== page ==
Re: Debian rolling: tentative summary
Pierre Habouzit <email@example.com> writes:
> On Mon, May 02, 2011 at 01:31:31PM +0200, Lucas Nussbaum wrote:
>> Since I already sent too many mails in the 'rolling' discussion, I
>> decided to send one more. Here is an attempt at a summary of what was
>> said so far. It might not be complete, it's probably a bit biased, but I
>> hope that it's still better than nothing. When replying, please try to
>> focus on specific points, and change the subject accordingly.
> That's a decent summary of what was said I think.
> Though I feel that to make the discussion more solid, the following is
> - What are the problems you try to address with rolling? And no "the
> users want it" isn't an answer, I'd reply "why do they want it" if
> that's the answer I get.
I think "why do they want it" is the most important question.
As mentioned many users feel that the software in stable is too old. On
the other hand many users praise Debian for their long release cycle and
stable/old-stable support. Those two groups are clearly expressing
contradictory wishes. And maybe trying to find a solution that fits both
isn't the right thing.
To those users that want newer software my next question would be "What
software?". My feeling there is that it is only some software, allways
the same software and used for the same use case: KDE / Gnome /
Multimedia stuff for the Desktop.
Looking at the other group, those that cherish the slow release cycles
and excelent stability and security support, shows a a large bias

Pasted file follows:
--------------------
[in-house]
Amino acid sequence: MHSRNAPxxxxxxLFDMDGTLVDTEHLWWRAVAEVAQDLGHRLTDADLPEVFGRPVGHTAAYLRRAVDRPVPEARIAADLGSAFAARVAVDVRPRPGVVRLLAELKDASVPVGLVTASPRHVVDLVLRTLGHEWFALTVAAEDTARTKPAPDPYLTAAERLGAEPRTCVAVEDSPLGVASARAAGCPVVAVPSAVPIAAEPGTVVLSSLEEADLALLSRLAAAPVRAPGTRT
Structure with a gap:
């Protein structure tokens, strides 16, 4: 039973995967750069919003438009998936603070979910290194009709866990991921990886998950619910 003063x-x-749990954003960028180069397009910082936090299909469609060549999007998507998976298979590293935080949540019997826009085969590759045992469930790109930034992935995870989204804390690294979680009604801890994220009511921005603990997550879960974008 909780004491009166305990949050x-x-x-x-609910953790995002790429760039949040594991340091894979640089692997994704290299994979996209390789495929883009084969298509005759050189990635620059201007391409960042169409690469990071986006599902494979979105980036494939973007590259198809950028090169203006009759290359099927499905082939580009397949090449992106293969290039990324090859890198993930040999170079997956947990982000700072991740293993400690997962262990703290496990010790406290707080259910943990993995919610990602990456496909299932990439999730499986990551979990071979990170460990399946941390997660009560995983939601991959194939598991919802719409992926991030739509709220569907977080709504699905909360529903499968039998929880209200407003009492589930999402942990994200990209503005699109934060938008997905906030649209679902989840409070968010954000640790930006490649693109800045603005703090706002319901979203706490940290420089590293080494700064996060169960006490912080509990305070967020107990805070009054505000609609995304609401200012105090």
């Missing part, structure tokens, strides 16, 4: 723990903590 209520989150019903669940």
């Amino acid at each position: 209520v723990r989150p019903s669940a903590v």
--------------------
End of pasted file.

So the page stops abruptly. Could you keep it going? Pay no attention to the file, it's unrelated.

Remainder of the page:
towards servers that are either completly headless or where people don't
care about the latest sparkly desktop hype. They need to run and keep
running without having to upgrade them every 6 month.
If my impression is right then maybe there is something to say for
having a desktop and a server flavour like other distributions. It would
be wastefull to have a rolling release with all sources included if the
users only need a subset. The desktop users only want the new sparkly
KDE / Gnome / Multimedia stuff. They do not care about the latest
coreutils or latest postgresql.
So my idea would be to split pakages into 3 groups: core, desktop and
server. We could then have "full" releases that update all sources
(core+desktop+server) and "sparkly" releases that only update desktop
[OK, so only 2 groups: long-term and short-term]. The desktop packages
for sparkly releases would be build against the core packages from the
last full release. They could be done as rolling releases or not. That
option remains open. The point would be to greatly reduce the number of
package updates involved in a sparkly release, to reduce it to those
packages that matter, and therefore reduce the work needed to pull it
Note: yes, this isn't exactly like other distributions having a desktop
and server flavour. You would still have all the packages available in
every release. The up-to-date-ness would differ, not the amount of